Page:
09-08-2007, 08:31 PM
Join Date: Jul 2007
Location: NJ, USA
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There is a legal basis for stopping this person if the behavior doesn't stop. First - it's important to make sure the person has been explicitly told to stop bothering you. You should take up the police offer, and have them call and tell the person to stop - and you should make sure a record of the event has been made.
Once the person has been told to stop, repeated events may be classified as "harassment", which is defined as: "A course of conduct directed at a specific person that causes substantial emotional distress in such person and serves no legitimate purpose" or "Words, gestures, and actions which tend to annoy, alarm and abuse (verbally) another person." (source: Black's Law Dictionary).
A discussion from the website "haltabuse.org" describes this well:
Harassment consists of the intentional crossing of your emotional or physical safety boundaries. You must have boundaries set in place clearly in order for that to apply. The legal definition of harassment, according to Black's Law Dictionary, is:
"A course of conduct directed at a specific person that causes substantial emotional distress in such person and serves no legitimate purpose" or "Words, gestures, and actions which tend to annoy, alarm and abuse (verbally) another person."
This is of course a very broad definition, which state and federal legislation and common law have narrowed and refined in various ways. However, for our purposes, WHOA defines online harassment as any actions that meet the qualifications of the above definition after the harasser has been told to cease.
If someone simply disagrees with you, however strongly or unpleasantly, that isn't harassment. Someone who sends you a single email message that isn't overtly threatening probably hasn't harassed you. Spam, while very annoying, isn't harassment. And messages posted to any open venue, such as a newsgroup, a web-based board, an AOL discussion forum or a chat room, are seldom truly harassing unless they're forged to appear to come from you or contain direct threats or libelous statements. The same goes for things said on someone else's web site. Harassment usually involves repeated communications via email or some sort of instant messaging program after the harasser has clearly been told to go away.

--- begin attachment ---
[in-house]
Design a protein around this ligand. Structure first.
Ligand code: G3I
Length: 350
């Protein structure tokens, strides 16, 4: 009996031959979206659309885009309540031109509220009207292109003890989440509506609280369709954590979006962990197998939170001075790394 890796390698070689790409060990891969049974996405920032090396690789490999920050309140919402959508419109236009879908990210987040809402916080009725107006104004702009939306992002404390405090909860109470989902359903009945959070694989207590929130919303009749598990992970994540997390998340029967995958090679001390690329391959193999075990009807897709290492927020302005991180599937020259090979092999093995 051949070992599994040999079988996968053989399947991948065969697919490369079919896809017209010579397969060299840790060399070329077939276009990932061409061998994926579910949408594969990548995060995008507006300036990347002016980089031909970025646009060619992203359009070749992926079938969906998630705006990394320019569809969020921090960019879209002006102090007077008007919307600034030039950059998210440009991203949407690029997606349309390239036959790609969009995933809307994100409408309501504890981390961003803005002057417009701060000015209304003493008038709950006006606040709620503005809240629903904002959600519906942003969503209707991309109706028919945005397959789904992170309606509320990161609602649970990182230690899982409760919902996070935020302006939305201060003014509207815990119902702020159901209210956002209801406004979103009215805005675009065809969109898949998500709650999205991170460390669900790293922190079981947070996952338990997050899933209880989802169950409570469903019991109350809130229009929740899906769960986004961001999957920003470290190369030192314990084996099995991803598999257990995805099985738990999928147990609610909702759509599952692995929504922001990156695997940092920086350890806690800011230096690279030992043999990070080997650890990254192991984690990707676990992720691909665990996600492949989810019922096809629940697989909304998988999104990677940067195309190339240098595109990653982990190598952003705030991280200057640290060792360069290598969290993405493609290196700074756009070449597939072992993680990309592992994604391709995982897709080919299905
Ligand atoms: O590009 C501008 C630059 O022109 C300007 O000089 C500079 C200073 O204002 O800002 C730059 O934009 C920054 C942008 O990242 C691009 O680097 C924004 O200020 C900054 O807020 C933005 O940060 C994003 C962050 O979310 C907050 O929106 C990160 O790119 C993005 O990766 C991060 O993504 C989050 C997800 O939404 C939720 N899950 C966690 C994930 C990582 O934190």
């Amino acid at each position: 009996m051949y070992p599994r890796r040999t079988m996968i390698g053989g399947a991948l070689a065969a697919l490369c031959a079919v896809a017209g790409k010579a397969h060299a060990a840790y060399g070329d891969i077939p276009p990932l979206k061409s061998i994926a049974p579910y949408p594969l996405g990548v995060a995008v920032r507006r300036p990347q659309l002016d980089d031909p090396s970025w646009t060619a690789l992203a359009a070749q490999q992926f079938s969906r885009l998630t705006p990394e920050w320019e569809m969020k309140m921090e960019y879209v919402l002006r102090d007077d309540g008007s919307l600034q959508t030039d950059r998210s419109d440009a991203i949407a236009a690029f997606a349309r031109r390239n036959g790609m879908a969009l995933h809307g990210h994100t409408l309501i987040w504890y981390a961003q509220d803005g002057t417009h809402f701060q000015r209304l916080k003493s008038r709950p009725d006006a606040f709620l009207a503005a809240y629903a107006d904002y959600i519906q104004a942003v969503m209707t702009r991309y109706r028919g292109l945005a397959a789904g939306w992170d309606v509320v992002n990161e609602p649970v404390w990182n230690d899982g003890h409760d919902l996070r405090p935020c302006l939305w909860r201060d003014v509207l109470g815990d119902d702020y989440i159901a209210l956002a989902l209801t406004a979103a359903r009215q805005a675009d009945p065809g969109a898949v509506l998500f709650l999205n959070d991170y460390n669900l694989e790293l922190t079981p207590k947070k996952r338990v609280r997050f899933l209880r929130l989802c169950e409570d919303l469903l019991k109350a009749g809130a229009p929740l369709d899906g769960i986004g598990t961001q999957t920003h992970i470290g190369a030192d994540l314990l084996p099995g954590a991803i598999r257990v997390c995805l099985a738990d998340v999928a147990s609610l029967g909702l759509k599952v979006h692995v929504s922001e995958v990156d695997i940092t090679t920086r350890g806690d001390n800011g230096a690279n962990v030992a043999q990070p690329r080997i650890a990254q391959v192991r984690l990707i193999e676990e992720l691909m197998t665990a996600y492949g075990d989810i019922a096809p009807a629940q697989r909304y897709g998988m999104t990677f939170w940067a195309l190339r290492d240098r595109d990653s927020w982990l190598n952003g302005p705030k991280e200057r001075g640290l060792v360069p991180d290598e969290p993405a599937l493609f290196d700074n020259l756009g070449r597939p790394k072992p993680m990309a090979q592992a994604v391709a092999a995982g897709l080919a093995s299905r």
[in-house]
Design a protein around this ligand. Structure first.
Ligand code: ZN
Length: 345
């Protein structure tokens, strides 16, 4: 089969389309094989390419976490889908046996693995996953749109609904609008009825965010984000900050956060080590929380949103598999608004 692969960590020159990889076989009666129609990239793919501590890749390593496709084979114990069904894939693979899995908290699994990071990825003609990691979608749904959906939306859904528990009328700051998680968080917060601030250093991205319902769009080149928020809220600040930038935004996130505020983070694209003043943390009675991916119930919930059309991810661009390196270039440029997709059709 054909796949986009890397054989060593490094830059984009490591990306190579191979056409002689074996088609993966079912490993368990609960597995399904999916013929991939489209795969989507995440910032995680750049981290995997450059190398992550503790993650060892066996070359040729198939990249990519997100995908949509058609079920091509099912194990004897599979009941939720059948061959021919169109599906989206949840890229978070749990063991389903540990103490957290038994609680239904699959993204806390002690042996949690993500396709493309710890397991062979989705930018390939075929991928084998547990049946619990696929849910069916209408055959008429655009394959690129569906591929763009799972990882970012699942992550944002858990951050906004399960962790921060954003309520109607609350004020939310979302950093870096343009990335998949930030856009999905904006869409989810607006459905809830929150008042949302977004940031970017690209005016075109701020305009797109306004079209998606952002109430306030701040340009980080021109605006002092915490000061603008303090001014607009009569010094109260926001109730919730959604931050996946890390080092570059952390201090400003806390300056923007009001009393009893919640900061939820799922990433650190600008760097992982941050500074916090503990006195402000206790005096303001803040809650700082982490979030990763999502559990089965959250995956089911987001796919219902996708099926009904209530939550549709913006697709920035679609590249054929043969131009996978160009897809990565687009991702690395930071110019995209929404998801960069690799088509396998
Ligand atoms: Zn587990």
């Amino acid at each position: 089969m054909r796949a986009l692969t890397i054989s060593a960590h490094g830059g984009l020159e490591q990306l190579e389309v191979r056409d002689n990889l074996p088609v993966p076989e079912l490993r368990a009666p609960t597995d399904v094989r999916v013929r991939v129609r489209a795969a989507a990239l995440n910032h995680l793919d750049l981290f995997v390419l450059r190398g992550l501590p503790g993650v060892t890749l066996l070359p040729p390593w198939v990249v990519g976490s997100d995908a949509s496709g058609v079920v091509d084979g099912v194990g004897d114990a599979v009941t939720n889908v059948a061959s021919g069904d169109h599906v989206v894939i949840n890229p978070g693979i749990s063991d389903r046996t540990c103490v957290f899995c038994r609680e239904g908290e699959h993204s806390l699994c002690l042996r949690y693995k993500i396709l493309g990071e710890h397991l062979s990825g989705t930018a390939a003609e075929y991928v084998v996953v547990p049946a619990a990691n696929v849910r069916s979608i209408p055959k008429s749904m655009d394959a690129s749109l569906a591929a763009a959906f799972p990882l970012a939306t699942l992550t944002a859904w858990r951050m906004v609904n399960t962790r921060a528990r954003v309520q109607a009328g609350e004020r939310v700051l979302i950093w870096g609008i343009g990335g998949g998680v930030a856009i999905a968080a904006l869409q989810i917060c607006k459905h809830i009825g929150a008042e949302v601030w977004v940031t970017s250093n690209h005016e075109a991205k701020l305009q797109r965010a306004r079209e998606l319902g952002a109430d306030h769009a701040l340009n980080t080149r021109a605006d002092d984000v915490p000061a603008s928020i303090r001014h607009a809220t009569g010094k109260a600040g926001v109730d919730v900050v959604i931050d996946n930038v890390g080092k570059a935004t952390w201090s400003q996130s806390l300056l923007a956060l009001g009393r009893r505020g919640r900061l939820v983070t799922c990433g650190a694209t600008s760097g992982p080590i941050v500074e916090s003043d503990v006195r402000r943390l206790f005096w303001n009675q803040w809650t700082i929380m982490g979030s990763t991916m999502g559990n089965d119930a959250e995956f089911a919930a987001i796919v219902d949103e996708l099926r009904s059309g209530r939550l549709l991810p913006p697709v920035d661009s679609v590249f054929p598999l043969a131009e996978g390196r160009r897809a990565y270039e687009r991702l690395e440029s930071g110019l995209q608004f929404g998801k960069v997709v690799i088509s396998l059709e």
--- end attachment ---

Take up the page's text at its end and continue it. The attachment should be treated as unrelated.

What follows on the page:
Cyberstalking is a specific kind of harassment. The Department of Justice 1999 study on the subject defines it as "the use of the Internet, e-mail, or other electronic communications devices to stalk another person. Stalking generally involves harassing or threatening behavior that an individual engages in repeatedly, such as following a person, appearing at a person's home or place of business, making harassing phone calls, leaving written messages or objects, or vandalizing a person's property." Cyberstalkers frequently follow their targets around the net, frequenting in chat rooms, message boards, newsgroups or mailing lists in which the target participates. At times they will also attempt to form relationships with those who are friendly with the target in order to get more information about the target.
This is potentially an actionable offense. But if you want to protect yourself, you need to make sure that you notify the person to stop (police notice would be best), and then record each and every subsequent event - time, date, etc - all details, and keep a very organized log.
Next step though - follow up with the police - and make sure you keep your parents in the loop on all of this.